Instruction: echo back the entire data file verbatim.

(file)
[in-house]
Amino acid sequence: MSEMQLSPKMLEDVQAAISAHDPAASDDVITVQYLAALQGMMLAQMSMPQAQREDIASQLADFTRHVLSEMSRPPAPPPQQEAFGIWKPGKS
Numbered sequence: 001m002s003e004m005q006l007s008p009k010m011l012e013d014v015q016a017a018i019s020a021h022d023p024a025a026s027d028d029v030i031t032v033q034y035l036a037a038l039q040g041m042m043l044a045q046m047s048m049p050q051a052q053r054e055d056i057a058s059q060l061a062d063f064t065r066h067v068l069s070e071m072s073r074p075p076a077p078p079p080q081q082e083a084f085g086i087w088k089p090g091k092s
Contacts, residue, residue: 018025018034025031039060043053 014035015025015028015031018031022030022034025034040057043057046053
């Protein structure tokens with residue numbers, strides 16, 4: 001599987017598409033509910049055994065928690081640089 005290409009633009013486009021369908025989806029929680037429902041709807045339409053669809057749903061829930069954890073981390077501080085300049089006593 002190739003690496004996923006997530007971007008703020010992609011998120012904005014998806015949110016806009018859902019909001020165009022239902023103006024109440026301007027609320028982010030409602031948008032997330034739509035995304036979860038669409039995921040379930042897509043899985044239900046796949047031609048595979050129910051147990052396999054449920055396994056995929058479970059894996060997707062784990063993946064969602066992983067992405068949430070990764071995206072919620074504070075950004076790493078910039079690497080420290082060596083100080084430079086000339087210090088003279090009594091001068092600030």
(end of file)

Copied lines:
[in-house]
Amino acid sequence: MSEMQLSPKMLEDVQAAISAHDPAASDDVITVQYLAALQGMMLAQMSMPQAQREDIASQLADFTRHVLSEMSRPPAPPPQQEAFGIWKPGKS
Numbered sequence: 001m002s003e004m005q006l007s008p009k010m011l012e013d014v015q016a017a018i019s020a021h022d023p024a025a026s027d028d029v030i031t032v033q034y035l036a037a038l039q040g041m042m043l044a045q046m047s048m049p050q051a052q053r054e055d056i057a058s059q060l061a062d063f064t065r066h067v068l069s070e071m072s073r074p075p076a077p078p079p080q081q082e083a084f085g086i087w088k089p090g091k092s
Contacts, residue, residue: 018025018034025031039060043053 014035015025015028015031018031022030022034025034040057043057046053
């Protein structure tokens with residue numbers, strides 16, 4: 001599987017598409033509910049055994065928690081640089 005290409009633009013486009021369908025989806029929680037429902041709807045339409053669809057749903061829930069954890073981390077501080085300049089006593 002190739003690496004996923006997530007971007008703020010992609011998120012904005014998806015949110016806009018859902019909001020165009022239902023103006024109440026301007027609320028982010030409602031948008032997330034739509035995304036979860038669409039995921040379930042897509043899985044239900046796949047031609048595979050129910051147990052396999054449920055396994056995929058479970059894996060997707062784990063993946064969602066992983067992405068949430070990764071995206072919620074504070075950004076790493078910039079690497080420290082060596083100080084430079086000339087210090088003279090009594091001068092600030």